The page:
What is Electron Beam Welding?
Electron beam welding is a type of welding process that is used to join metal parts by utilizing heat generated by the beam of electrons. When a high beam of electrons strikes the workpiece, kinetic energy of the electrons is converted into heat energy that is used to melt and fuse the workpiece material.
EBW process can be used to join a workpiece from thickness 0.01 mm up to 150 mm for steel and up to 500 mm for aluminum. Following is the list of materials that can be welded using EBW.
How Electron Beam Welding Works?
Vacuum chamber is required to prevent the loss of electron energy by the collision of electrons with air molecules.
As shown in the above image, electrons are emitted by an electron gun or cathode when it is heated in vacuum. High voltage (approx. 150 kV) is used to accelerate these electrons and these electrons are converged using an electromagnetic coil. Deflection coil is used to control the position of an electron beam.
Advantages of EBW
Following are the advantages of the EBW welding process.
- Minimum 0.2 mm spot diameter is possible.
- Energy density in electron beam welding is 1000 times of arc welding.
- Chemically active metals can be welded.
- Distortion around the welding is low because heat applied to the area around the weld is low.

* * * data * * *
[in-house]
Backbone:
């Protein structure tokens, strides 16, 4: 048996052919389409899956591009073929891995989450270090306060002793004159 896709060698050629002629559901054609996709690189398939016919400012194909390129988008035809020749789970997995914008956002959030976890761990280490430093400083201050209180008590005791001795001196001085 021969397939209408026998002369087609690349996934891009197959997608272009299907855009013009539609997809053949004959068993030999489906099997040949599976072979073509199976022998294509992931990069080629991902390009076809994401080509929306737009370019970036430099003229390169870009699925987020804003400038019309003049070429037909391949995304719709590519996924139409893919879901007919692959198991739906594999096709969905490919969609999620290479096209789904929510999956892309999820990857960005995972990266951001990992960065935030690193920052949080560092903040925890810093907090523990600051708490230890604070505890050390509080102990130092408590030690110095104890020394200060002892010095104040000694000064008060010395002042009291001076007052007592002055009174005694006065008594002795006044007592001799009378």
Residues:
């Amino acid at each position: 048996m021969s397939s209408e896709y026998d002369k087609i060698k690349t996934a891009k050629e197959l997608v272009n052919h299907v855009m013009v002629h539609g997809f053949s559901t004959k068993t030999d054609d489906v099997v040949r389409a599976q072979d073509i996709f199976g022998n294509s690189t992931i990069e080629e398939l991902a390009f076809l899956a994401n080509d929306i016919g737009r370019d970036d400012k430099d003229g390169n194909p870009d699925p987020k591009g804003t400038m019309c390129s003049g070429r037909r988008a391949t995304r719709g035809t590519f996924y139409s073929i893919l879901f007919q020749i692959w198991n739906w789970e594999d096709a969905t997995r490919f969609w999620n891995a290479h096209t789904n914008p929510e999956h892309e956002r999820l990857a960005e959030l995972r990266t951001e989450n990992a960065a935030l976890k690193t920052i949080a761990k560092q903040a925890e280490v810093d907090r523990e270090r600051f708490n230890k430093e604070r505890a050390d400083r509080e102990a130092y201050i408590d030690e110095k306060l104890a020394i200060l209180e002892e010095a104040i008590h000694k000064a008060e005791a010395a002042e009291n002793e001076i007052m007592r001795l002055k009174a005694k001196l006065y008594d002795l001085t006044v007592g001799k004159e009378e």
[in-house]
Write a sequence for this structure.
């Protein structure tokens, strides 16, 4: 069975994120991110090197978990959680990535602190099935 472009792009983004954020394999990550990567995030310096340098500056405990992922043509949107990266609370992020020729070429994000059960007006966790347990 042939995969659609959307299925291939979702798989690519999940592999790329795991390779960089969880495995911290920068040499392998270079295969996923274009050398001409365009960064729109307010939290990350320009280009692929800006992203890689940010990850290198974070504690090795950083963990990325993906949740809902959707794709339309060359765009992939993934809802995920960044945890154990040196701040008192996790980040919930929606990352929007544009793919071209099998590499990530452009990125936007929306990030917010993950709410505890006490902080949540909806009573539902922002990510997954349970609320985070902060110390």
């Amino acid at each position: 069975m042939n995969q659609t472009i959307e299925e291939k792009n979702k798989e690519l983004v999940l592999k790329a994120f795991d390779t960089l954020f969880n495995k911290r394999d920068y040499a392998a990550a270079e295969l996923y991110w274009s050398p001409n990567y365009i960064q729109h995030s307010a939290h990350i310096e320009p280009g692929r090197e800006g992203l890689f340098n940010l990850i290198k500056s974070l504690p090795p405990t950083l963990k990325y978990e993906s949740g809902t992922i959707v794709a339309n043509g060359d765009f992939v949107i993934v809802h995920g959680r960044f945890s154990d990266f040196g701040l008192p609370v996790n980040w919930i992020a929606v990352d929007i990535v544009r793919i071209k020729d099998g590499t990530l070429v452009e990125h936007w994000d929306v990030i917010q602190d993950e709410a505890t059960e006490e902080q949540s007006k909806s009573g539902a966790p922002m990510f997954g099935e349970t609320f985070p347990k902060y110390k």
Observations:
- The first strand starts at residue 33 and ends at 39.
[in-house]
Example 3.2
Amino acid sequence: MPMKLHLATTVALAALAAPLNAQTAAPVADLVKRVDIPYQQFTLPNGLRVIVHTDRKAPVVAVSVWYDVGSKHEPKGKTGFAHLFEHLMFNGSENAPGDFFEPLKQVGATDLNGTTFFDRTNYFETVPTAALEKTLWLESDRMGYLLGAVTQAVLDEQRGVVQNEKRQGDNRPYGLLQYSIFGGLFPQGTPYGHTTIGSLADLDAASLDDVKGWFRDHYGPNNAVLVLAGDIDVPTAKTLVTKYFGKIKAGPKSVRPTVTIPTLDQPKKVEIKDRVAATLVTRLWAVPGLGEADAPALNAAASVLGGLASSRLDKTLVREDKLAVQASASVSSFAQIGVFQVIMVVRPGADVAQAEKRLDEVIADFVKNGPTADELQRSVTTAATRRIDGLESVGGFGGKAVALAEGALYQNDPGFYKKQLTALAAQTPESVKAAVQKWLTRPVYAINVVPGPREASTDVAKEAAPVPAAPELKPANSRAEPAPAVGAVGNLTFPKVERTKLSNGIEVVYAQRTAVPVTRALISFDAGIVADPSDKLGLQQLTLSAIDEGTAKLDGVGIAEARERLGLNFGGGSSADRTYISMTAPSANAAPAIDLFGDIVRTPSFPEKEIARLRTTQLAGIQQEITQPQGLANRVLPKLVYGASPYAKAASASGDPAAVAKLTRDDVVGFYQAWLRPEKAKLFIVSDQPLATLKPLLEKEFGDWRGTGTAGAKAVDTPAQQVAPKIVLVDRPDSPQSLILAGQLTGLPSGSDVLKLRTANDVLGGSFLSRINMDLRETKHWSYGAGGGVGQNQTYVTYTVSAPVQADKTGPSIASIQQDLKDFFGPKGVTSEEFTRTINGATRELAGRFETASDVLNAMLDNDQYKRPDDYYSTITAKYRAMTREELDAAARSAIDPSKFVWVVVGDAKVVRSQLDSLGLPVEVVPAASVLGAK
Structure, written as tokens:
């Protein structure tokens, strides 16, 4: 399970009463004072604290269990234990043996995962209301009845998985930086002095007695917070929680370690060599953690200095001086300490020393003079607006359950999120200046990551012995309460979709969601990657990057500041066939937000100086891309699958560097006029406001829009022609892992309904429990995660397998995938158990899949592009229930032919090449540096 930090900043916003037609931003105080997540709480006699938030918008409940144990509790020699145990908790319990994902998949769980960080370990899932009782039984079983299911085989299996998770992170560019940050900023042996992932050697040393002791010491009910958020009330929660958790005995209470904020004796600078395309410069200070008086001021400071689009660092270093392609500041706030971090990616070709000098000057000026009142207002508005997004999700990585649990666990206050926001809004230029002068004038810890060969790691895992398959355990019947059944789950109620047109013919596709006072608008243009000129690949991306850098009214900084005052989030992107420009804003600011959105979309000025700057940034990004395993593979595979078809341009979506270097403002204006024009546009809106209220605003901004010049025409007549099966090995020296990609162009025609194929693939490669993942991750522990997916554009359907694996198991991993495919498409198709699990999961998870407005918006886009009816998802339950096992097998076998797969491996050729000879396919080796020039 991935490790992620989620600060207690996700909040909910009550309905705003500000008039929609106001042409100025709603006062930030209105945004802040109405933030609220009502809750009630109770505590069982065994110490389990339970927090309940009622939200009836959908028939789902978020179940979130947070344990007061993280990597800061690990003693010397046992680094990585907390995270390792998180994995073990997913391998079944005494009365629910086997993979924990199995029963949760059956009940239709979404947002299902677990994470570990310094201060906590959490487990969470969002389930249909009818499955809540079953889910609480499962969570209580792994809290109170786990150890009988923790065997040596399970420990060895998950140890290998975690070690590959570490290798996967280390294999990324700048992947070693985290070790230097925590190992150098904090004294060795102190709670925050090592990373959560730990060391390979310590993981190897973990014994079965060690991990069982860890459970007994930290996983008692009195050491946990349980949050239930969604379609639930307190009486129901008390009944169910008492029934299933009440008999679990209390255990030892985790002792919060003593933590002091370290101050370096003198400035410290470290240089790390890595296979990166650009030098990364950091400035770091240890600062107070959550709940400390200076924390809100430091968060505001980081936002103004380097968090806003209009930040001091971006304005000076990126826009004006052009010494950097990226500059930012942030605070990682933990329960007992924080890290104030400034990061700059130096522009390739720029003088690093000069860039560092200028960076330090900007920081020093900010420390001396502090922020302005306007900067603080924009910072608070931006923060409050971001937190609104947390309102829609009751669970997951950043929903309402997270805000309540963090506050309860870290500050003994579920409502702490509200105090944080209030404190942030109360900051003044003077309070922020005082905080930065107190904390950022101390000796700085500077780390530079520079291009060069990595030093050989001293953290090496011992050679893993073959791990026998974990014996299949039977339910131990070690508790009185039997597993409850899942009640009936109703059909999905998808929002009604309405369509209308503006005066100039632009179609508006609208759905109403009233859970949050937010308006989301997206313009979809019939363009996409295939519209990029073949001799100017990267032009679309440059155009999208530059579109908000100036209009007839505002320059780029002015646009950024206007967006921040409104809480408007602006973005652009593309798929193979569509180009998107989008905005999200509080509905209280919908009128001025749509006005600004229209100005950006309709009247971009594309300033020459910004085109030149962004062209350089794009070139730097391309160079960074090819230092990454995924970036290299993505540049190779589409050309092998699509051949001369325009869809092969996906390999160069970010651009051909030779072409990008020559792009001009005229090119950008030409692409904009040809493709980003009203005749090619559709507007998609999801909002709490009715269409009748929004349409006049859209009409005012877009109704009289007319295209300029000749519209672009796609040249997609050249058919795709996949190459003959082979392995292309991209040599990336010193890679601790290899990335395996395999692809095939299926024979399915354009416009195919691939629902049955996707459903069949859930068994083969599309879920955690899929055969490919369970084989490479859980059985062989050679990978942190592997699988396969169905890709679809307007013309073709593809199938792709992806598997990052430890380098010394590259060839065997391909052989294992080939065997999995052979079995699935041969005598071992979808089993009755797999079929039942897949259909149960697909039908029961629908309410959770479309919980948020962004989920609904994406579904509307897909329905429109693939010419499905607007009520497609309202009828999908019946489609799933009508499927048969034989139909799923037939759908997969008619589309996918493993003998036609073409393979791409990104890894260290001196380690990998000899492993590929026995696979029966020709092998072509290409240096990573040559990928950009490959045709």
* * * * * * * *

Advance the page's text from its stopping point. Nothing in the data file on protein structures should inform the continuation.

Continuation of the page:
- High melting point metals can be welded.
- Dissimilar materials can be welded.
- High quality weld.
Disadvantages of EBW
Following are the disadvantages of the electron beam welding process.
- High welding equipment and process setup cost.
- Precise fit between parts to be welded is required.
- Size of the part that can be welded is limited by the size of the vacuum chamber.
- Vacuum chamber is required for welding.
- X-Rays are a byproduct of the electron beam in the vacuum. That can be harmful for humans.
We will keep adding more updates on the EBW welding process. Please add your comments, questions or suggestions on EBW process in the comment box. We suggest you also read this article on the difference between tig and mig welding.